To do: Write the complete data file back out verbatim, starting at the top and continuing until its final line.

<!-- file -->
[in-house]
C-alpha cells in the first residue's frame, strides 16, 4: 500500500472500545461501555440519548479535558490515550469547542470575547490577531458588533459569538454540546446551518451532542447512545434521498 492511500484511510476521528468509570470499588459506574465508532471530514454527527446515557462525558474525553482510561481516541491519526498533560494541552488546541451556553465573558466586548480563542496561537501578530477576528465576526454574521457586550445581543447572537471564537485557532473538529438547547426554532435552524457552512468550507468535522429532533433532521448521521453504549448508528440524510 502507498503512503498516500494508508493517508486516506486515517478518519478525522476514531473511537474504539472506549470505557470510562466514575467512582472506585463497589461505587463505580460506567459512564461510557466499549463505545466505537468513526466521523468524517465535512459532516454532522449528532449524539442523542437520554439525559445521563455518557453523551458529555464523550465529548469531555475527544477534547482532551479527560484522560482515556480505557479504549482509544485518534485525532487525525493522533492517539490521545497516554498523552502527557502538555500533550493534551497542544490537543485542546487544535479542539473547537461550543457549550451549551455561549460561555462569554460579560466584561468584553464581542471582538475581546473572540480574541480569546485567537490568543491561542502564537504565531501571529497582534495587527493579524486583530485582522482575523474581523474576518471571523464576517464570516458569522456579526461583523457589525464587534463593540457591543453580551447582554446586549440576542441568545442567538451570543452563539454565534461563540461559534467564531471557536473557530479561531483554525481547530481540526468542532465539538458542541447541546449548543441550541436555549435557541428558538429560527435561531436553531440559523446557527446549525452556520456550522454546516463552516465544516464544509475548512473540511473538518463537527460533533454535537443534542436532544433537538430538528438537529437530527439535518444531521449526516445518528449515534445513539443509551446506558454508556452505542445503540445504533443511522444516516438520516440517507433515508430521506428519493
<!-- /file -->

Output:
[in-house]
C-alpha cells in the first residue's frame, strides 16, 4: 500500500472500545461501555440519548479535558490515550469547542470575547490577531458588533459569538454540546446551518451532542447512545434521498 492511500484511510476521528468509570470499588459506574465508532471530514454527527446515557462525558474525553482510561481516541491519526498533560494541552488546541451556553465573558466586548480563542496561537501578530477576528465576526454574521457586550445581543447572537471564537485557532473538529438547547426554532435552524457552512468550507468535522429532533433532521448521521453504549448508528440524510 502507498503512503498516500494508508493517508486516506486515517478518519478525522476514531473511537474504539472506549470505557470510562466514575467512582472506585463497589461505587463505580460506567459512564461510557466499549463505545466505537468513526466521523468524517465535512459532516454532522449528532449524539442523542437520554439525559445521563455518557453523551458529555464523550465529548469531555475527544477534547482532551479527560484522560482515556480505557479504549482509544485518534485525532487525525493522533492517539490521545497516554498523552502527557502538555500533550493534551497542544490537543485542546487544535479542539473547537461550543457549550451549551455561549460561555462569554460579560466584561468584553464581542471582538475581546473572540480574541480569546485567537490568543491561542502564537504565531501571529497582534495587527493579524486583530485582522482575523474581523474576518471571523464576517464570516458569522456579526461583523457589525464587534463593540457591543453580551447582554446586549440576542441568545442567538451570543452563539454565534461563540461559534467564531471557536473557530479561531483554525481547530481540526468542532465539538458542541447541546449548543441550541436555549435557541428558538429560527435561531436553531440559523446557527446549525452556520456550522454546516463552516465544516464544509475548512473540511473538518463537527460533533454535537443534542436532544433537538430538528438537529437530527439535518444531521449526516445518528449515534445513539443509551446506558454508556452505542445503540445504533443511522444516516438520516440517507433515508430521506428519493